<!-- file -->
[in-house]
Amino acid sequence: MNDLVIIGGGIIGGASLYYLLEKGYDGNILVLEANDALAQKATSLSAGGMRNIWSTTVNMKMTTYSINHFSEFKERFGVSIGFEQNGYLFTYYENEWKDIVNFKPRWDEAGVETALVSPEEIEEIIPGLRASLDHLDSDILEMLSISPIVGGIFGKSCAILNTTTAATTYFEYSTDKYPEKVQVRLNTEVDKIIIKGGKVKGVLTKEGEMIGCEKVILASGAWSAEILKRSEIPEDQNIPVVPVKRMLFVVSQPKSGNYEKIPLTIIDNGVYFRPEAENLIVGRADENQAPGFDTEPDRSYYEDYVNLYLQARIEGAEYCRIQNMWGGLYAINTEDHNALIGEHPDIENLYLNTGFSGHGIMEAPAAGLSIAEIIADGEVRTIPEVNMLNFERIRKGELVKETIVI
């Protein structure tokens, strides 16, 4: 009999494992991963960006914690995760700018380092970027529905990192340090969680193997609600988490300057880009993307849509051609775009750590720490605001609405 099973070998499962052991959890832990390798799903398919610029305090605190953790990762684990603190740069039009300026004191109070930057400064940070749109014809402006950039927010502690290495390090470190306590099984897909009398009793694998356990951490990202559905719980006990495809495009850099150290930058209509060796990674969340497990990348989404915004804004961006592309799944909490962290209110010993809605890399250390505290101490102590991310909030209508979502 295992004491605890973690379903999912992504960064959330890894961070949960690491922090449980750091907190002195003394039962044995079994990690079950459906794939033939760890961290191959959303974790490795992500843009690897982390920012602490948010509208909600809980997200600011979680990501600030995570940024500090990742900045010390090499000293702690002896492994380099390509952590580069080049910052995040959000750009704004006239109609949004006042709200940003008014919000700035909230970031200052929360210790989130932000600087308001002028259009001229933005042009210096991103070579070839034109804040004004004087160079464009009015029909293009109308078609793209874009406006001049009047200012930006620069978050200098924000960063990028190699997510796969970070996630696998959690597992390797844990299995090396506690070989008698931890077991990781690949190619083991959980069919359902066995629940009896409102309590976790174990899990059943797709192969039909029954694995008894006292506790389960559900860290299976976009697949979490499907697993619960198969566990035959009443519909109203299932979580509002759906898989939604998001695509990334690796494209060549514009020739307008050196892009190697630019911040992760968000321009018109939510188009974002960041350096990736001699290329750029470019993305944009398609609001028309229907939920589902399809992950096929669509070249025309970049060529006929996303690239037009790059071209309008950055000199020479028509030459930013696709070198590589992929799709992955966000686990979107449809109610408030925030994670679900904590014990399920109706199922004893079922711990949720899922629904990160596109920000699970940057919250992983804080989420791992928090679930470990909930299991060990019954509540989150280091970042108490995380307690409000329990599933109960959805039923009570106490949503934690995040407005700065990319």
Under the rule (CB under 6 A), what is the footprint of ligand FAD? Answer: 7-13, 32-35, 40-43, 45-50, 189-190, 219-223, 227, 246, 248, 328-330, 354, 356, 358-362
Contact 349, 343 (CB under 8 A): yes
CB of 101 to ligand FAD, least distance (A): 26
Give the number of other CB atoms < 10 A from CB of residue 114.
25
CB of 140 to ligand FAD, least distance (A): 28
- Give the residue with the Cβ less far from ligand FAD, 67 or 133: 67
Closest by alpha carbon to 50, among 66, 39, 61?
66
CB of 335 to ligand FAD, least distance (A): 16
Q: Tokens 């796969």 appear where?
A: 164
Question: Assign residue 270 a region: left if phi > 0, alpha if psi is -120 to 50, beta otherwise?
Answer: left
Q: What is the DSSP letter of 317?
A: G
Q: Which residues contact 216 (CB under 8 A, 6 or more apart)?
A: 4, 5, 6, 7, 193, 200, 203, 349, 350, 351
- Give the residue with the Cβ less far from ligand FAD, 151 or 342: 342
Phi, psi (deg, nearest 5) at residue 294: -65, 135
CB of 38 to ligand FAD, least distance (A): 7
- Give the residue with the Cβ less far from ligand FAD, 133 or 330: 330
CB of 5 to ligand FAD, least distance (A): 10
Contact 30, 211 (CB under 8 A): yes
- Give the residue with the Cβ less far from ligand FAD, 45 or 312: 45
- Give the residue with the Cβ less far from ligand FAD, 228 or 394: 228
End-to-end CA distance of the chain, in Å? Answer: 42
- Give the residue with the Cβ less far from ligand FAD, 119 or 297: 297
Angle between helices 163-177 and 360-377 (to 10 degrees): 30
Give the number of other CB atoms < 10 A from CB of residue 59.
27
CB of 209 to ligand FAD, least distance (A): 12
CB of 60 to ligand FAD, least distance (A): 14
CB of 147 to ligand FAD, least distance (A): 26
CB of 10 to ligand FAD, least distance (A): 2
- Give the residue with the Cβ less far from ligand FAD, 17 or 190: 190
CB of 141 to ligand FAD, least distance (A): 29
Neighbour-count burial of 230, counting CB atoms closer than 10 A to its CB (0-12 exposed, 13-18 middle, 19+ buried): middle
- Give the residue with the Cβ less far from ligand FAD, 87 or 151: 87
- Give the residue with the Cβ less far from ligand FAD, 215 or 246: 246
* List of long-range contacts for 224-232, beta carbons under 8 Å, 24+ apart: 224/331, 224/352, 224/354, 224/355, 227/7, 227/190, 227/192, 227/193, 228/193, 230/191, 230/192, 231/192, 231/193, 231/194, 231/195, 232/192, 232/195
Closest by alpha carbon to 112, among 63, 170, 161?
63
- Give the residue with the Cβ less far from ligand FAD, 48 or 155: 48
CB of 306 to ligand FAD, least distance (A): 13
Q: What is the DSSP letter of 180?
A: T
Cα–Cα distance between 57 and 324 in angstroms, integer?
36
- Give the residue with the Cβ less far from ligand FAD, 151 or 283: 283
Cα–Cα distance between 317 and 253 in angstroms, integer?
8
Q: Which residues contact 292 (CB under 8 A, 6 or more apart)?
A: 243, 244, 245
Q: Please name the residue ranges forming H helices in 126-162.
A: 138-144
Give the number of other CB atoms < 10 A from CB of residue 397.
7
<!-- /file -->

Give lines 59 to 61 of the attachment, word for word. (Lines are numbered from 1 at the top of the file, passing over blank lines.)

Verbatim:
A: 138-144
Give the number of other CB atoms < 10 A from CB of residue 397.
7